Eye For Film >> Movies >> Song For A Raggy Boy (2003) Film Review
I don't know about you, but the words "uplifting film about an inspirational teacher" are usually enough to make me reach for the nearest sick bucket. The syrupy slush of Dead Poets Society probably started it and the likes of Mona Lisa Smile and Dangerous Minds have done little to make me change my opinion about this most disturbing of sub-genres.
I had every intention of not liking Song For A Raggy Boy. It's uplifting. It's about an inspirational teacher. I wanted to hate it. But I needn't have worried, because this little film is a gem from start to finish.
We start with a grainy flashback. Civil War Spain, 1939. We're in a dank basement: a torture chamber. A prisoner is pulled to one side and shot through the head. William Franklin (Aidan Quinn) watches, powerless, as his friend is murdered. Cut to Ireland and Franklin has returned home to take a teaching job in a tough Catholic reformatory. He is a layman, but worse than that he's an idealist and a romantic, and we know from the off that he's not going to fit in.
Much of the story unfolds in the stark surroundings of the monastery school. It is a bleak place, a grey prison every bit as depressing as Franklin's Spanish torture chamber. The boys are given numbers instead of names and are forced to scrub the yard on their hands and knees under the watchful eye of the sadistic Brother John (Iain Glenn), who is strictly "old school" when it comes to discipline, a bully who'd rather hand out a savage beating than detention. One young boy is ceremoniously flogged for the "crime" of talking to his brother on Christmas morning.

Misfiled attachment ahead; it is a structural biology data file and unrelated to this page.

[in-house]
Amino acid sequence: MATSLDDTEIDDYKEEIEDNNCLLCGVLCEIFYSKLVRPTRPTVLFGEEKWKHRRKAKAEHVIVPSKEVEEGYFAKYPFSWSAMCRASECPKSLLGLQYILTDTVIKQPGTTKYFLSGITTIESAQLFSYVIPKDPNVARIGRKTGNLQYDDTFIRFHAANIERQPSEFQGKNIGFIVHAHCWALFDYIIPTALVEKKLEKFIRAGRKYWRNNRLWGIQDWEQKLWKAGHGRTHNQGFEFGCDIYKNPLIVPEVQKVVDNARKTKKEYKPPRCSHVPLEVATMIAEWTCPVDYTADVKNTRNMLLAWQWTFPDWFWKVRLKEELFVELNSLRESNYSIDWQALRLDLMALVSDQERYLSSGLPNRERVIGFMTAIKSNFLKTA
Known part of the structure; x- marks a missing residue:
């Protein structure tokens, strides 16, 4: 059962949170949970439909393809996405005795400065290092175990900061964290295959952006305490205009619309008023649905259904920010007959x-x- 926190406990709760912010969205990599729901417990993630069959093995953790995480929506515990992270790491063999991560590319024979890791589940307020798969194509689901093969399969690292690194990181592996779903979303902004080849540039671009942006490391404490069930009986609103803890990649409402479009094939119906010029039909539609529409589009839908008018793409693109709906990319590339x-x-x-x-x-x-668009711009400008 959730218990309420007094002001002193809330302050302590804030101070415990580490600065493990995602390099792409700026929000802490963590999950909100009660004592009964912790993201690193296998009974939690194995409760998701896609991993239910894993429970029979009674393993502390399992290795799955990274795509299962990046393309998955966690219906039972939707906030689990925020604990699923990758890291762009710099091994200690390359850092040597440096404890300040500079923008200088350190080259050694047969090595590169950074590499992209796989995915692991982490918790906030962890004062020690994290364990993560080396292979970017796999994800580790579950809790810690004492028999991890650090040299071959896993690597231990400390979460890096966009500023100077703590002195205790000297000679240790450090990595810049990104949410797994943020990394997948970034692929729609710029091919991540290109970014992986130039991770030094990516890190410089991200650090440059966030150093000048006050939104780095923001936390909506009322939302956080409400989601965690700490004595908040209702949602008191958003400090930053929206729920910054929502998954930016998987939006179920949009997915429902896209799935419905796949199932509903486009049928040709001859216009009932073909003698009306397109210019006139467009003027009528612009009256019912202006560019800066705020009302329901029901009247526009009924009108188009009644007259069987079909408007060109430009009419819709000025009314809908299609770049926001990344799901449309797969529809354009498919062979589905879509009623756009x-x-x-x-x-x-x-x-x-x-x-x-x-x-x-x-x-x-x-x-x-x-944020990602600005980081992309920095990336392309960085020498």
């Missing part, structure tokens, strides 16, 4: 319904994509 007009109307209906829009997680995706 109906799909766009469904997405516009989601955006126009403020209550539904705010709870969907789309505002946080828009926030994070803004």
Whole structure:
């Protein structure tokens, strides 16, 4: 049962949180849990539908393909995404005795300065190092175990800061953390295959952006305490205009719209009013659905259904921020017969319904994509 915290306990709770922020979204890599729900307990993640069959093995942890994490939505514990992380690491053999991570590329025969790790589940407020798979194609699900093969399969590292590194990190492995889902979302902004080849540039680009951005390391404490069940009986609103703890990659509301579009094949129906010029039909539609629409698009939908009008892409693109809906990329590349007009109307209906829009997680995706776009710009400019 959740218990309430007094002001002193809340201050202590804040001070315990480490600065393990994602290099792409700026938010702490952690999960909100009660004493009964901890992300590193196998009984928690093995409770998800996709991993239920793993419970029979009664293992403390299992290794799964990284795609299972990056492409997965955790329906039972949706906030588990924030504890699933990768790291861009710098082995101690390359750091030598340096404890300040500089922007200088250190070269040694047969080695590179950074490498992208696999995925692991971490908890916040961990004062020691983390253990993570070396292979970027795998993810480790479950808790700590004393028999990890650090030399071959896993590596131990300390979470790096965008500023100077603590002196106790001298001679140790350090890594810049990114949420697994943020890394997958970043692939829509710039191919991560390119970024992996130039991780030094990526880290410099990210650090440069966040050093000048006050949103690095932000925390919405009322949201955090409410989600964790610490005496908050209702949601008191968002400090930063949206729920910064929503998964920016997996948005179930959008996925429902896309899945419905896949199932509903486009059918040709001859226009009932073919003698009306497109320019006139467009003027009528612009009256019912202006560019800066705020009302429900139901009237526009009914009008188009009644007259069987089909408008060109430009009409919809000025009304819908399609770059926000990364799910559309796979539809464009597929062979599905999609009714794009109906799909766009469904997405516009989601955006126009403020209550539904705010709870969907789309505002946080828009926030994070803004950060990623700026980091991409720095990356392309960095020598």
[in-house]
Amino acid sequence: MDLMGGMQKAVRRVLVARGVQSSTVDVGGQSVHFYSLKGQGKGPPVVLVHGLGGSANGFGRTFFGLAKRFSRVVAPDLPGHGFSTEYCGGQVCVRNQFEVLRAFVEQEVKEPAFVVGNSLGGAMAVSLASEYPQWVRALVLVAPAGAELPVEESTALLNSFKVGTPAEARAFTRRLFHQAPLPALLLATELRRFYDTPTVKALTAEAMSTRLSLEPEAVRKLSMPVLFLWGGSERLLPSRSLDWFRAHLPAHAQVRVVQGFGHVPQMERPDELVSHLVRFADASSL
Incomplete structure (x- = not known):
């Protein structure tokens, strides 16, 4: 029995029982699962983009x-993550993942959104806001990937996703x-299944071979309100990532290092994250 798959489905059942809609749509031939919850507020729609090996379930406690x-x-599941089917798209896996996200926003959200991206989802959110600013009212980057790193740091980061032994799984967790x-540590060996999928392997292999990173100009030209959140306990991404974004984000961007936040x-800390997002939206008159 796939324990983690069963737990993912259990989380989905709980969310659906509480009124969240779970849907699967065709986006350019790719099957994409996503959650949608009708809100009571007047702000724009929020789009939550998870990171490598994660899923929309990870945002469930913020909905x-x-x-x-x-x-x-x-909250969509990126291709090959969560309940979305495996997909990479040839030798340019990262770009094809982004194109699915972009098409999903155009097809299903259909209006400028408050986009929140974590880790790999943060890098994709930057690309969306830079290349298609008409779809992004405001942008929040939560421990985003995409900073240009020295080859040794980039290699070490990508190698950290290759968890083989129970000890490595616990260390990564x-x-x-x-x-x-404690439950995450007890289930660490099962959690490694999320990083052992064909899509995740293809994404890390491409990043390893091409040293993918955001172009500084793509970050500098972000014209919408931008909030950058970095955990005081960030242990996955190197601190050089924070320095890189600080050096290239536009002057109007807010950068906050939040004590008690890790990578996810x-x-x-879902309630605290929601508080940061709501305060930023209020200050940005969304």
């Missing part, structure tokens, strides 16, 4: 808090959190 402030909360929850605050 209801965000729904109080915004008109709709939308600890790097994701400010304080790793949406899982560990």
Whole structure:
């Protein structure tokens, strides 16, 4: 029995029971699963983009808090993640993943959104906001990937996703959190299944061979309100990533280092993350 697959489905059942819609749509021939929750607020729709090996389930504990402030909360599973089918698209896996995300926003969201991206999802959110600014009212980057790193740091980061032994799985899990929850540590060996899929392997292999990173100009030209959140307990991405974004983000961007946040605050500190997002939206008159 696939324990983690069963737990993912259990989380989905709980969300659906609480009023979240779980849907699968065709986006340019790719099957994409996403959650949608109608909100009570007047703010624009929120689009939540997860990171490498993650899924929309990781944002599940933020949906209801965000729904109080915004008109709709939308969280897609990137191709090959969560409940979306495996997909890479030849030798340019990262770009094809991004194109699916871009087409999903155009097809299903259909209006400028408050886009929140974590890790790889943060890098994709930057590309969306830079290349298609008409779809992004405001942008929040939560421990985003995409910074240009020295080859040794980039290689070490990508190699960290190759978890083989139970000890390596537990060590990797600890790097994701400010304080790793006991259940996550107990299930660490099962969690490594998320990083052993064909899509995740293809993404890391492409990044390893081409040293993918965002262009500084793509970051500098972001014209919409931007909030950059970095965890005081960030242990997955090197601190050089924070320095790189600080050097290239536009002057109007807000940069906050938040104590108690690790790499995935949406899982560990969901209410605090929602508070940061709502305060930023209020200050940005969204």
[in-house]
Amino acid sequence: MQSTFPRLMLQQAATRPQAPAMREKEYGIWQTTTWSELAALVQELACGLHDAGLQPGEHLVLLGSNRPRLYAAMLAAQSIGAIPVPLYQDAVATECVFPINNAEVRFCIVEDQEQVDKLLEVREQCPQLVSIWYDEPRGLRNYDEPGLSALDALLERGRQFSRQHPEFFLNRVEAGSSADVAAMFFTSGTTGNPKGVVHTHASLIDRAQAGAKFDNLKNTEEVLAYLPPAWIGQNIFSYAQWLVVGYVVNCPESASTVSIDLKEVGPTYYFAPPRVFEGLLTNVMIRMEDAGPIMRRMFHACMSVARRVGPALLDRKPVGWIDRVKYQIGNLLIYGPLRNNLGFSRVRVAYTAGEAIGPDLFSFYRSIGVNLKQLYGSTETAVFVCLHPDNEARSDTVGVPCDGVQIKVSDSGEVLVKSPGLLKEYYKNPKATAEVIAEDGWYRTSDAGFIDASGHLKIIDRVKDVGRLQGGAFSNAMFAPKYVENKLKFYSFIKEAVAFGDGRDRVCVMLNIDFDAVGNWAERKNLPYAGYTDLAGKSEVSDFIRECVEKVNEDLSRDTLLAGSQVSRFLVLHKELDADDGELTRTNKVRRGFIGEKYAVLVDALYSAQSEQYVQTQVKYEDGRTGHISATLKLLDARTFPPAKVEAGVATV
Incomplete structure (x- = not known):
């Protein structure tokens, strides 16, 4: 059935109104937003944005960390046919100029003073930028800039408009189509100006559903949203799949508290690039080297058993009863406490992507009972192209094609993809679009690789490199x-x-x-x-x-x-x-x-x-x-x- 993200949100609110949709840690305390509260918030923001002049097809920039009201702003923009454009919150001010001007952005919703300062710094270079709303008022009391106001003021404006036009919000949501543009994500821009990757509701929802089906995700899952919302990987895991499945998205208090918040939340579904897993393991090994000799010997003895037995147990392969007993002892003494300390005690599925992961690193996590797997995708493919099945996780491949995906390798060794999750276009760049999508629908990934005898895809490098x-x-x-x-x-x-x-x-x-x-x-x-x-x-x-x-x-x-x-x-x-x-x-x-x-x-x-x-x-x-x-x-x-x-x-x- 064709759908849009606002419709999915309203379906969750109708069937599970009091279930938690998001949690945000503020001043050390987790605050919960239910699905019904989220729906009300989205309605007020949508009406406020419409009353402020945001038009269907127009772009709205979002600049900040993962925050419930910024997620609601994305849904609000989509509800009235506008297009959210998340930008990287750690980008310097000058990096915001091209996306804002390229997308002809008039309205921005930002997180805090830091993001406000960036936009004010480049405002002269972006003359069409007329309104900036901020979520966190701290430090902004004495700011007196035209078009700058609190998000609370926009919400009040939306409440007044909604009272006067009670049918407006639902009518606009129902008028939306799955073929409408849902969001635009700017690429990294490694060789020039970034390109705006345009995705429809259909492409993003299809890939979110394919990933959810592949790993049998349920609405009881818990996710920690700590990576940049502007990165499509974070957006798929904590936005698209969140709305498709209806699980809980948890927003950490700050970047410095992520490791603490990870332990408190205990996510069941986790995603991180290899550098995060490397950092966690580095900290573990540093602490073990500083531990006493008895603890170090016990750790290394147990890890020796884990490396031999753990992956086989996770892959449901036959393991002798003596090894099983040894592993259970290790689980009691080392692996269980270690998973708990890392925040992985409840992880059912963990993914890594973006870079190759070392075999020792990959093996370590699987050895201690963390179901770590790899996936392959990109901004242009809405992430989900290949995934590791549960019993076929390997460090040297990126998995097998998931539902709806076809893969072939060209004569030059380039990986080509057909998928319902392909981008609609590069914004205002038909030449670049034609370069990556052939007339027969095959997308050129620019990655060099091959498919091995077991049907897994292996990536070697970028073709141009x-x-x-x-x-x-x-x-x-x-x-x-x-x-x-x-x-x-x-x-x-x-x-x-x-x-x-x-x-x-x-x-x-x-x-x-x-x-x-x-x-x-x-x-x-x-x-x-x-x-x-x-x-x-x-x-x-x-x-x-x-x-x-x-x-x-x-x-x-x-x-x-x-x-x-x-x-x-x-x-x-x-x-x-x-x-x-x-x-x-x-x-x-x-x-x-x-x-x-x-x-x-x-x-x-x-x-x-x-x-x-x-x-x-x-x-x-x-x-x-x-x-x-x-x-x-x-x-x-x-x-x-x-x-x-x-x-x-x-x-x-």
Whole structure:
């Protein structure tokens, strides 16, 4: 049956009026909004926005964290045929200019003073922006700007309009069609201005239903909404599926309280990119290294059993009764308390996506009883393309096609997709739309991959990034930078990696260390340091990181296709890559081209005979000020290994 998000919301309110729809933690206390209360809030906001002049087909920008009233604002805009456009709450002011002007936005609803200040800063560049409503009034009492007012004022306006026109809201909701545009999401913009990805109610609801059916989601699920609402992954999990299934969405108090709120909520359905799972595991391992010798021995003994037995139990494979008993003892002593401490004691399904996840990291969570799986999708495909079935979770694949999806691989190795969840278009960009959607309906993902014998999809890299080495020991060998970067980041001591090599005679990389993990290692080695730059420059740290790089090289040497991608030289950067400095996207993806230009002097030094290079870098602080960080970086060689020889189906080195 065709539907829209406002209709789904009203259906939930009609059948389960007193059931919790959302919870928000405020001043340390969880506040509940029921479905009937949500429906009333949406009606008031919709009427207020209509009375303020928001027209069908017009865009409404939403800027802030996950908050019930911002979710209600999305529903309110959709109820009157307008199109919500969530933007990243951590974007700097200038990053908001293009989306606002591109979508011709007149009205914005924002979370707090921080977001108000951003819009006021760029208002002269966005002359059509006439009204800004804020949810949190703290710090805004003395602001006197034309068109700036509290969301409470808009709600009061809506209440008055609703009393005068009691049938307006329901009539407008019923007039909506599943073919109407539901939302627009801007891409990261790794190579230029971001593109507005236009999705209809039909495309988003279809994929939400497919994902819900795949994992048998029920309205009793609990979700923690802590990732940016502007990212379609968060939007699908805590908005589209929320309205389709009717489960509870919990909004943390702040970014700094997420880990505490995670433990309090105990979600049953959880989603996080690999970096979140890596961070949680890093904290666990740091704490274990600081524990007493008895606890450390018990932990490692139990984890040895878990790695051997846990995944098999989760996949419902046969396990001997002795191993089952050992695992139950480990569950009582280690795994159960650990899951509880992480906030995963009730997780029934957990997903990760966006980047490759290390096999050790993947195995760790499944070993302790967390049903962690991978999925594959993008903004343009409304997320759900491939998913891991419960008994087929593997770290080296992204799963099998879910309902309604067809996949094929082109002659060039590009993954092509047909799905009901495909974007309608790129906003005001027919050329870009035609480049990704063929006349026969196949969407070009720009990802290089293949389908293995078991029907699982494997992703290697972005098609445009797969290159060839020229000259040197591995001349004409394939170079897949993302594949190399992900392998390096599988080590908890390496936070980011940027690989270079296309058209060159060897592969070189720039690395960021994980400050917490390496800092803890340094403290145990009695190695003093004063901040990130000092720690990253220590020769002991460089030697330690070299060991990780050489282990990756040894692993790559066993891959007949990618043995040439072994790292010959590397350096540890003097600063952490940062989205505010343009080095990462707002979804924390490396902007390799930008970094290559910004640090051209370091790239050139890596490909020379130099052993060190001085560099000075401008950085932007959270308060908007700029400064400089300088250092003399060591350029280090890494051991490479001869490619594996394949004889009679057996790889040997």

The other priests turn a blind eye, some out of fear, others because they are guilty of even more serious crimes themselves. Brother Mac (Marc Warren) is a paedophile, with a particular liking for 13-year-old Delaney (Chris Newman). Despite his better judgement, the abused victim confides to one of the Fathers during confession. The Father berates him and tells him no one must find out about it - including, you presume, the authorities. When word gets back to Mac, he forces Delaney to strip and stand under a freezing shower.
Raggy Boy is based on a true story and never allows itself to conform to Hollywood's twee "Oirishness". Thankfully, we're spared sweeping shots of rolling green hills and the sight of canny, salt-of-the-earth "characters," downing Guinness in the local pub.
Quinn is excellent, as the haunted Franklin. So often the reliable support act, it's good to see him centre stage, holding a film together. His scenes with Glen are particularly good. Franklin believes in the redemptive power of poetry and learning. Brother John just wants to crack heads.
The Spanish flashbacks are used sparingly, but with great effect; we get a glimpse of what happened to Franklin, but never the full story. We know he was married and his wife was killed, and we know there was a lot of suffering - you can see it in his eyes - but it's never overstated.
Occasionally, the Dead Poets alarm bells go off, when it looks like we're heading for a big dollop of slush. Mercier (John Travers), Franklin's star pupil, discovers a faded photograph of Franklin and his wife.
"Do you think I'll ever fall in love, sir?" Mercier asks, and you wish he hadn't.
Later, my heart sank when Franklin packs his bag, not because he's about to leave, but because he changes his mind when Delaney starts reciting poetry to him from across the yard. It's mawkish and at odds with the rest of this perfectly judged film.Reviewed on: 26 Mar 2004
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